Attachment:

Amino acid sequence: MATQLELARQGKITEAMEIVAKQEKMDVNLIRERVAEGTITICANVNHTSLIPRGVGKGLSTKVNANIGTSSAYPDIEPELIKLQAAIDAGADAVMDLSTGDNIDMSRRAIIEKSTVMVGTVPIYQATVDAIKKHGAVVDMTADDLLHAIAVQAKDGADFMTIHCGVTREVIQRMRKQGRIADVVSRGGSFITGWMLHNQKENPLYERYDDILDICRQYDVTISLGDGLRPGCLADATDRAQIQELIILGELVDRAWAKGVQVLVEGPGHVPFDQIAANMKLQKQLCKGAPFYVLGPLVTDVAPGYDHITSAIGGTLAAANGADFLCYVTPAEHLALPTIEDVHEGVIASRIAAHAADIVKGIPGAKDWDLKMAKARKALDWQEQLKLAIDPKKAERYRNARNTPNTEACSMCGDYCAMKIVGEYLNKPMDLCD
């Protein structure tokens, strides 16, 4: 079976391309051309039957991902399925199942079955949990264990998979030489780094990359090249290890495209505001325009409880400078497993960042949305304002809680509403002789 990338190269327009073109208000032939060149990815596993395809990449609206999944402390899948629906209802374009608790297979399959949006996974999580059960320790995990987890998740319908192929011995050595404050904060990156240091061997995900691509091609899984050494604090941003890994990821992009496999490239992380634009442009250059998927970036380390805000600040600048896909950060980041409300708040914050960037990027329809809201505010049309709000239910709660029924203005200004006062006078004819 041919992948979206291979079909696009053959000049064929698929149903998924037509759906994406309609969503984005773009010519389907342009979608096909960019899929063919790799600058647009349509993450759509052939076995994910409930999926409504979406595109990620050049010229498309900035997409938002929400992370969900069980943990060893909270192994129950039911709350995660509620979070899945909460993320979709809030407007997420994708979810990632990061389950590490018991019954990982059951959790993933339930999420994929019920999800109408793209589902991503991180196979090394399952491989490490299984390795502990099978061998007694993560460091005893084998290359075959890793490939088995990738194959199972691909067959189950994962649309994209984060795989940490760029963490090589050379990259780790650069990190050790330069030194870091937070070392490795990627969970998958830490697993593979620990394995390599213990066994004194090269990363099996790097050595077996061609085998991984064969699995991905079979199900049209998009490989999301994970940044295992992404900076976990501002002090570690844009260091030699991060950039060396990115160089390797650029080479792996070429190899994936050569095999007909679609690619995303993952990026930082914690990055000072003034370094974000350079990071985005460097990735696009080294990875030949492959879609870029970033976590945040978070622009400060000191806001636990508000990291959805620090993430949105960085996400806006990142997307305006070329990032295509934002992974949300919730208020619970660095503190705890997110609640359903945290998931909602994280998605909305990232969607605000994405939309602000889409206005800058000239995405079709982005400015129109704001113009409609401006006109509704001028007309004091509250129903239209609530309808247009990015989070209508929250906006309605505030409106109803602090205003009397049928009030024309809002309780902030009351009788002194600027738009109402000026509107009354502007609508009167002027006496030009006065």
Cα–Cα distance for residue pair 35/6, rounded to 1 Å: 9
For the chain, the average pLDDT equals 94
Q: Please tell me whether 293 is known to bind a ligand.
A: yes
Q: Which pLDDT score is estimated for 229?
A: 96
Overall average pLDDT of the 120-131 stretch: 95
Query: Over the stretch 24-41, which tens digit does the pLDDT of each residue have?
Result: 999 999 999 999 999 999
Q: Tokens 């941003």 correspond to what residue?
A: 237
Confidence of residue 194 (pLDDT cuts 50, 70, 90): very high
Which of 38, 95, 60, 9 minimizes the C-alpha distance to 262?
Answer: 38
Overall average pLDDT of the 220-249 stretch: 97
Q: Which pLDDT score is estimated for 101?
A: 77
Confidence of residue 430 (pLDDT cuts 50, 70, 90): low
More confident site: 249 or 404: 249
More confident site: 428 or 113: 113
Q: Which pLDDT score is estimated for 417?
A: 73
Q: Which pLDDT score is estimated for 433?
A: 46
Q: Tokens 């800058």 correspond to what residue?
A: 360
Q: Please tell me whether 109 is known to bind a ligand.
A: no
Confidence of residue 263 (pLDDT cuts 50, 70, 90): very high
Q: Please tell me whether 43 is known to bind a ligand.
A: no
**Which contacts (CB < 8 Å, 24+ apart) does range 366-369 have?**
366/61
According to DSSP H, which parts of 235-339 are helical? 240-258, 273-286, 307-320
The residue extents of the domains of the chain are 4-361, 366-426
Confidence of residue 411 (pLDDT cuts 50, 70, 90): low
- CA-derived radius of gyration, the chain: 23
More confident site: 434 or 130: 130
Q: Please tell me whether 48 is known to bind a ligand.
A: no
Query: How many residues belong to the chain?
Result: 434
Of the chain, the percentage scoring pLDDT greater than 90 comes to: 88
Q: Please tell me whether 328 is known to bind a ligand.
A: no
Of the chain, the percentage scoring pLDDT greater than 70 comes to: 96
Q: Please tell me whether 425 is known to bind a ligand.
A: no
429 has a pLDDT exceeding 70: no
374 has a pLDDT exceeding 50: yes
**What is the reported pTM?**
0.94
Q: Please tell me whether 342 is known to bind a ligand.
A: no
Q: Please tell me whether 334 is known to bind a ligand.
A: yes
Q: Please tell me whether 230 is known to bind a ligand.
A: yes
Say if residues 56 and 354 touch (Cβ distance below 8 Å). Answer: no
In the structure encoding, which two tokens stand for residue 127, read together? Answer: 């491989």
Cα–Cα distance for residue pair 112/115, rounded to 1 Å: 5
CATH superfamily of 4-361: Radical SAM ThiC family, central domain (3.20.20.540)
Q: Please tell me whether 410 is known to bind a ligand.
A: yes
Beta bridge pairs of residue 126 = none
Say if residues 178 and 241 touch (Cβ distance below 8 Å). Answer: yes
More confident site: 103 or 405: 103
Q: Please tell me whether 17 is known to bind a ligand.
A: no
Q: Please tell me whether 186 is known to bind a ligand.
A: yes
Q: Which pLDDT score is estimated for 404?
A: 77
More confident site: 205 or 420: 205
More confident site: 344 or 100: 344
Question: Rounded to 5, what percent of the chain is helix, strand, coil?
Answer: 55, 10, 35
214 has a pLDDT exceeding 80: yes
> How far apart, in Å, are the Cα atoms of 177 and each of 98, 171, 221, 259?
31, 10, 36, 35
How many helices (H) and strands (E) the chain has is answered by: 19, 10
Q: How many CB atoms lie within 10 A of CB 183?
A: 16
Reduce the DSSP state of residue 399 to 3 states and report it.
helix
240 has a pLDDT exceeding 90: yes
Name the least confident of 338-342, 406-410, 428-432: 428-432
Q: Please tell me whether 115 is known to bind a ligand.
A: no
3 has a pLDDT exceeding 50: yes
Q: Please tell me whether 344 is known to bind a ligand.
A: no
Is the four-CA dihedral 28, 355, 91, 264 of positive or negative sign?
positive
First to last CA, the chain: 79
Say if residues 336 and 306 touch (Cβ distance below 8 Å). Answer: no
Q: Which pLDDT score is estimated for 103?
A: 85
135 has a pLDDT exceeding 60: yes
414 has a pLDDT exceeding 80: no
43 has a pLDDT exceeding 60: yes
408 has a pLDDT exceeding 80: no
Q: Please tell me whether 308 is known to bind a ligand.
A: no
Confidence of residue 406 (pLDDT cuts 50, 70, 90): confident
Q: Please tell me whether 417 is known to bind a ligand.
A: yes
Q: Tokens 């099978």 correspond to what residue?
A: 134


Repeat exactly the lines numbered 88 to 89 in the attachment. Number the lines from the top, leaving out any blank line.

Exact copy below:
240 has a pLDDT exceeding 90: yes
Name the least confident of 338-342, 406-410, 428-432: 428-432